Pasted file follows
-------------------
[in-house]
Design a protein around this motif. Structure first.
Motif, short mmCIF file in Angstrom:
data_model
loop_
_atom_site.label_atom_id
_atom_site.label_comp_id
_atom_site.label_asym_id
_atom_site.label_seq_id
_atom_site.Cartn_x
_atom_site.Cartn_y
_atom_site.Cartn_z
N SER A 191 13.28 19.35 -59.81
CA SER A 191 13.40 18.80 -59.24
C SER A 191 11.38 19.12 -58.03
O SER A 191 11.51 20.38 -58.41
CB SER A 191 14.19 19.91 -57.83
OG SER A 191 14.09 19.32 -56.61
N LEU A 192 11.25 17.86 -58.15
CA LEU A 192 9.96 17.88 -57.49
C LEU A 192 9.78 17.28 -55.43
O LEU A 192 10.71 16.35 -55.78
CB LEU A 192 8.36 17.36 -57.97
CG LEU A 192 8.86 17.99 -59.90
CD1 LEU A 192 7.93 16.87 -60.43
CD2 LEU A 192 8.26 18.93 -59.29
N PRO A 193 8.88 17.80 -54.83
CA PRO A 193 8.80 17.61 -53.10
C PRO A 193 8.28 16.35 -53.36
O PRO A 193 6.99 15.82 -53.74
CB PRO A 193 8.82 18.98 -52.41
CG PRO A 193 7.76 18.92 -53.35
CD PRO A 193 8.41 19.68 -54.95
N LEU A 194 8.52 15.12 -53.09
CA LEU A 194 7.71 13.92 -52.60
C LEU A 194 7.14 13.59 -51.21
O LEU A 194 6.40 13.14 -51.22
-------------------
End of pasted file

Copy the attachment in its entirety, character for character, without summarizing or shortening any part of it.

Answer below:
[in-house]
Design a protein around this motif. Structure first.
Motif, short mmCIF file in Angstrom:
data_model
loop_
_atom_site.label_atom_id
_atom_site.label_comp_id
_atom_site.label_asym_id
_atom_site.label_seq_id
_atom_site.Cartn_x
_atom_site.Cartn_y
_atom_site.Cartn_z
N SER A 191 13.28 19.35 -59.81
CA SER A 191 13.40 18.80 -59.24
C SER A 191 11.38 19.12 -58.03
O SER A 191 11.51 20.38 -58.41
CB SER A 191 14.19 19.91 -57.83
OG SER A 191 14.09 19.32 -56.61
N LEU A 192 11.25 17.86 -58.15
CA LEU A 192 9.96 17.88 -57.49
C LEU A 192 9.78 17.28 -55.43
O LEU A 192 10.71 16.35 -55.78
CB LEU A 192 8.36 17.36 -57.97
CG LEU A 192 8.86 17.99 -59.90
CD1 LEU A 192 7.93 16.87 -60.43
CD2 LEU A 192 8.26 18.93 -59.29
N PRO A 193 8.88 17.80 -54.83
CA PRO A 193 8.80 17.61 -53.10
C PRO A 193 8.28 16.35 -53.36
O PRO A 193 6.99 15.82 -53.74
CB PRO A 193 8.82 18.98 -52.41
CG PRO A 193 7.76 18.92 -53.35
CD PRO A 193 8.41 19.68 -54.95
N LEU A 194 8.52 15.12 -53.09
CA LEU A 194 7.71 13.92 -52.60
C LEU A 194 7.14 13.59 -51.21
O LEU A 194 6.40 13.14 -51.22